Arnold Kling  

My Tax Dollars at Work

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Crime in the work place is a problem, whether it takes place in the public sector or the private sector. But one advantage of having goods and services provided by private firms rather than by government is that you put the liability closer to where it belongs.

That is, if a private-sector worker commits a crime, then the liability for the lawsuits falls on the private firm, not on the taxpayer. The costs of the new training and procedures needed to prevent a recurrence of the crime are borne by the private firm, not by the taxpayer.

I realize that there are other aspects of this (alleged) crime that are much more awful than the issue of who pays. But I was struck by the fact, given that it is my tax dollars involved, that I will be sharing in the costs of dealing with it.


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COMMENTS (7 to date)
matt writes:

You are going to pay either way. If a private company is responsible for providing the service they are going to increase prices to account for liability issues. So the only question is do you use the service, if so you pay. If the government contracts for the service you pay.

I am not seeing your point.

J Hall writes:

@ Matt,

The amount of the price increase depends on the elasticity with respect to other substitutes. So it seems to me that the distinction here is that it is more costly for Arnold to avoid the burden of the school lawsuit because he'd have to move than if it were a private school that he sent his kid to.

William Barghest writes:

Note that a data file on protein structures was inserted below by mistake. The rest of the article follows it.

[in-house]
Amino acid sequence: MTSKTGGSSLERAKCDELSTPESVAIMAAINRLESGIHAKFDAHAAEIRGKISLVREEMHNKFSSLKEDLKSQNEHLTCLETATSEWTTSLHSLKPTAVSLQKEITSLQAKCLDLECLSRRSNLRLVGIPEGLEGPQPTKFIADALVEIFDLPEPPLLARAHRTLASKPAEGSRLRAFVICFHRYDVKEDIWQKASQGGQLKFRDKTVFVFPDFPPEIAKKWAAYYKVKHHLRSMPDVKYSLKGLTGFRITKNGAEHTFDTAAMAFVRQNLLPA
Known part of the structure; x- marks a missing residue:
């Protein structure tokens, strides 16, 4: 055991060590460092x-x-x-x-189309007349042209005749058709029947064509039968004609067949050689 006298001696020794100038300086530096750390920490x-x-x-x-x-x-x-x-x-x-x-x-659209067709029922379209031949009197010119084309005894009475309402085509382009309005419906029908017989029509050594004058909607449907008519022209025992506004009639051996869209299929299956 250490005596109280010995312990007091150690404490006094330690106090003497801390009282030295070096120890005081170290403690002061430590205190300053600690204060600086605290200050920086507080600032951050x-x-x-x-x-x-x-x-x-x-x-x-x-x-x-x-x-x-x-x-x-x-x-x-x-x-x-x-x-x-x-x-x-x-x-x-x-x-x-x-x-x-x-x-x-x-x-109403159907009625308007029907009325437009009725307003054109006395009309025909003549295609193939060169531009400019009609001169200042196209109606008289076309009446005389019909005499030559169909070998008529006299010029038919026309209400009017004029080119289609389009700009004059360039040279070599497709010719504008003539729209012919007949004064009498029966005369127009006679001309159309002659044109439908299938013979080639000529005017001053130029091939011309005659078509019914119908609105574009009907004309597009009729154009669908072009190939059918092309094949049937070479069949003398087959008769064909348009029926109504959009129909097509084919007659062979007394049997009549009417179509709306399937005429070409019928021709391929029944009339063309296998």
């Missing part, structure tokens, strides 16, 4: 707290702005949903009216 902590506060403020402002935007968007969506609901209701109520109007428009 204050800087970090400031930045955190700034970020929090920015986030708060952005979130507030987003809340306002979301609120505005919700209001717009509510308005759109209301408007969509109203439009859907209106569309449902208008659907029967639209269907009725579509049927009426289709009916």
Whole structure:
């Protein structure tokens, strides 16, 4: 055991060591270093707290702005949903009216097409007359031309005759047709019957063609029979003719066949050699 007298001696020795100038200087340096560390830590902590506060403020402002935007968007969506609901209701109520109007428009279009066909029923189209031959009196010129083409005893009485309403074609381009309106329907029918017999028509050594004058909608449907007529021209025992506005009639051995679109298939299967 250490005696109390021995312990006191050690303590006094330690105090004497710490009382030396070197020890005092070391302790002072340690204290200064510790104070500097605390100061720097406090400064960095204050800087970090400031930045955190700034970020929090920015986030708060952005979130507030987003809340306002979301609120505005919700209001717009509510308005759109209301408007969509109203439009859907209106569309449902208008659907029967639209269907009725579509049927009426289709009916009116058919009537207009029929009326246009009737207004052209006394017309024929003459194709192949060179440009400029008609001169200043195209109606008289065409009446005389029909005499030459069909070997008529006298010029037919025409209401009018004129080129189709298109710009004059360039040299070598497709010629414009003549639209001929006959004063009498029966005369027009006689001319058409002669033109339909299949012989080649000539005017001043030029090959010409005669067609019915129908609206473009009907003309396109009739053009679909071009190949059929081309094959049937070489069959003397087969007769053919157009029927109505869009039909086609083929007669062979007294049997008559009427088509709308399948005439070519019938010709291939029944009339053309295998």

The tax dollars, one collected, are not yours. The government is not you. You only pay them for the privilege of living in their jurisdiction. If you think you are paying to much, take your business elsewhere.

Nathan Benedict writes:

Private businesses, motivated by profit, have every incentive to reduce torts committed by their employees, since it ends up costing them money. If they have to raise their prices higher to compensate, they'll lose customers. Government monopolies have no such worries. If a school district or police department has to pay out a million dollar settlement, those in charge just shrug and write a check and pass the bill on to the hapless taxpayer.

Silas Barta writes:
A man who picked up the phone listed to Burke's father declined to discuss the matter.

"I have no comments. Thank you," he said before hanging up. [bold added]

Wow. It takes a special kind of jerk to print that in the story.

Jaap writes:

guilty until proven innocent?

anyway, at first I thought this story referred to the guys at Fannie and Freddie, who racked up several millions of costs defending themselves.

smartalek writes:

Apologies for the off-topic -- I'm definitely not attempting thread-jack here -- but I can't help but wonder if the detectives performing the investigation, involving asking children of 6-7 years of age questions about the behaviors of their teacher, had received the highly specific training necessary to decrease the likelihood of getting misinformation?
A very significant likelihood, as we learned the yard way (or, perhaps, didn't learn) from the horror-stories of the 1980s?

You might wish to Google® "Fells Acres Day Care," "McMartin PreSchool," or "Satanic ritual abuse," for some instructive cautionary tales.

Here's one recent sample to get you started:

http://reason.com/blog/2010/01/15/dorothy-rabinowitz-on-martha-c

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